Thinking Social / Value

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Social Health Check #3

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Brought to you by our New York, London and Hong Kong Social@Ogilvy teams, this is our monthly snapshot of the latest news and trends in healthcare social media. The aim is to inspire ideas, discussion and fresh thinking in this challenging yet ever exciting field.

Genetic Data + Gaming = Cancer Treatments

What do you get when you put geneticists, Google, Facebook, gamers and mobile specialists in a room together for 48 hours?  Cancer Research UK’s Gamejam! The Gamejam aims to develop a fun, social game so that consumers can help scientists analyze millions of pieces of genetic information that can point to potential new cancer treatments. At the end of the 2-day Gamejam, developers had produced 9 complete games and 12 prototypes for testing, and one game will go into production.  You can follow the progress in Cancer Research UK’s Science Blog.

 

Give pharma brands a voice

“Cinnamon rolls are good. Cinnamon rolls followed by #TUMSRolls are perfection.” It’s easy to imagine some greasy-fingered staffer tapping out this message for @TUMStweets, the twitter account of GlaxoSmithKline’s antacid. And perhaps this human touch helps explain why the brand has nearly 9,000 Twitter followers. “Person to person communication is the essence of social sharing. Voice and tone is what engages people,” explains Chris Cullmann, a digital strategist with Ogilvy CommonHealth. Of course it would be inappropriate to enliven most prescription brands’ feeds with such breezy personas. But there are other personalities that pharma companies can adopt online—health mentor, trusted expert, compassionate friend. Letting KOLs tweet under their own name and enlisting celebrities to speak about campaigns are other ways that pharma companies can use social media in a way that is more truly social.

 

Grouping Health Discussions on Facebook

There are a number of changes to Facebook’s news feed, namely more feeds and control, larger photos and mobile consistency. One in particular that is rumored to happen is the integration of the hashtag feature. This feature, similar to Twitter’s hashtag, would index like-conversations into trending topics. While this does open up regulatory issues, with the new graph search, this also opens up Facebook consumer discussions to healthcare marketers and can prove useful in understanding how they discuss health issues on the platform.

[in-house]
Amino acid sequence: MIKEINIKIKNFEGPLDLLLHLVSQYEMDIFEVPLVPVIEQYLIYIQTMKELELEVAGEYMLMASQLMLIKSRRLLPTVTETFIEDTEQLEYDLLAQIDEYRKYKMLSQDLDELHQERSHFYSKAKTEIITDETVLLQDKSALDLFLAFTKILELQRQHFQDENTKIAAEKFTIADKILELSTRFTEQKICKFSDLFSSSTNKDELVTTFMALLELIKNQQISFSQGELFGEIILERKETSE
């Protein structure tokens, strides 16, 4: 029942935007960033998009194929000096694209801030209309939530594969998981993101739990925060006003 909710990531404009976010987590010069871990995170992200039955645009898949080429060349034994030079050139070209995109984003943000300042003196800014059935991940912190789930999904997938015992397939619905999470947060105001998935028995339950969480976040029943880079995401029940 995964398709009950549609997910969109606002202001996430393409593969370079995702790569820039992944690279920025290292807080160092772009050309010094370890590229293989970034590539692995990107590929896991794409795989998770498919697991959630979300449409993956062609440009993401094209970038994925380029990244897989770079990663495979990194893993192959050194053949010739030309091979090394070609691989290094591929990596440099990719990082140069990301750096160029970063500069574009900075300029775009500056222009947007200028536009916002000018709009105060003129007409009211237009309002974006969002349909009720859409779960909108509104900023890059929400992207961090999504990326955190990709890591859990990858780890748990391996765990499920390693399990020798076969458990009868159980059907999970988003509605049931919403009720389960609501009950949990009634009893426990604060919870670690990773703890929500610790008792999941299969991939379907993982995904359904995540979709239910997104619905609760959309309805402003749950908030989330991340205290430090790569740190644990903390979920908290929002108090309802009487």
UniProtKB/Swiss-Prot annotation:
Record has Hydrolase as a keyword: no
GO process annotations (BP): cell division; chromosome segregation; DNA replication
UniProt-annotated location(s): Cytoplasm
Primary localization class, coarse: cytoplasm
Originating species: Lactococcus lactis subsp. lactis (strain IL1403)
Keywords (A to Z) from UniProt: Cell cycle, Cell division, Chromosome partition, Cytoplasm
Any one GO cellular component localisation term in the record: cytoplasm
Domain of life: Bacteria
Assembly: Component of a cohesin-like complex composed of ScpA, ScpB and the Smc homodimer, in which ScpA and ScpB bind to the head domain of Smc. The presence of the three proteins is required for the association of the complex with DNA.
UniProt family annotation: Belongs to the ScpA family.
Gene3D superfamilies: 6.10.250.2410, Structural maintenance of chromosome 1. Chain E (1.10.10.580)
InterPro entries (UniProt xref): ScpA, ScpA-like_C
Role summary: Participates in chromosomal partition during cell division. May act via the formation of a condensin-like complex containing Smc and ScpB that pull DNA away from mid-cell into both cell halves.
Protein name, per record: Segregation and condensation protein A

Global Mom Relay

A global online relay was started on March 8th and will last for 60 days with an aim to help improve the health of mothers and children all over the world.  Mothers will unite online to share stories of inspiration and motherhood, as well as offer advice.  Everyone is encouraged to post a comment to join in the conversation, and every time a story is shared via Facebook or Twitter, a donation of $5 is automatically made to one of four relevant causes. The Relay was created by the United Nations Foundation, Johnson & Johnson, BabyCenter, The Huffington Post, and the Bill & Melinda Gates Foundation. It’s a great example of using social media to break down geographical and social barriers to unite people and fight for an important cause, as well as inspiring and educating people around the world.

Bring Your Cigarette Pack to Life

Health warning: This pack of cigarettes will erupt in a puff of smoke!   On No Smoking Day, UK smokers who “Blipped” their packet of cigarettes saw it disappear in a cloud of digital smoke.  The British Heart Foundation rolled out a campaign with Blippar to show smokers how much money they could save by giving up the habit.  The Blippar code transformed the standard government warning on each pack of cigarettes into images of what smokers could buy instead of cigarettes.  It is the first time the technology was used in a health campaign and it was anticipated that the “wow” factor will encourage smokers to share it with other smokers.

Here’s a compelling campaign by Ogilvy & Mather Bangkok titled Smoking Kid, which is part of our Best of Ogilvy Volume 4 collection.

 

Interactive Storytelling Mobile apps can take the traditional storytelling and make it more interactive. For healthcare, they can help consumers live a healthier life. With mobile phones now the No. 1 device for consuming media for many consumers in Asia Pacific, it is increasingly important for brands in Asia to tap into health & wellness apps to engage with customers. Of course, regulation is important but if done strategically, the potential is endless: from facilitating collaboration among physicians, resourcing providing to patient education and more.

Like to hear more? Get in touch to discuss all things healthcare social media.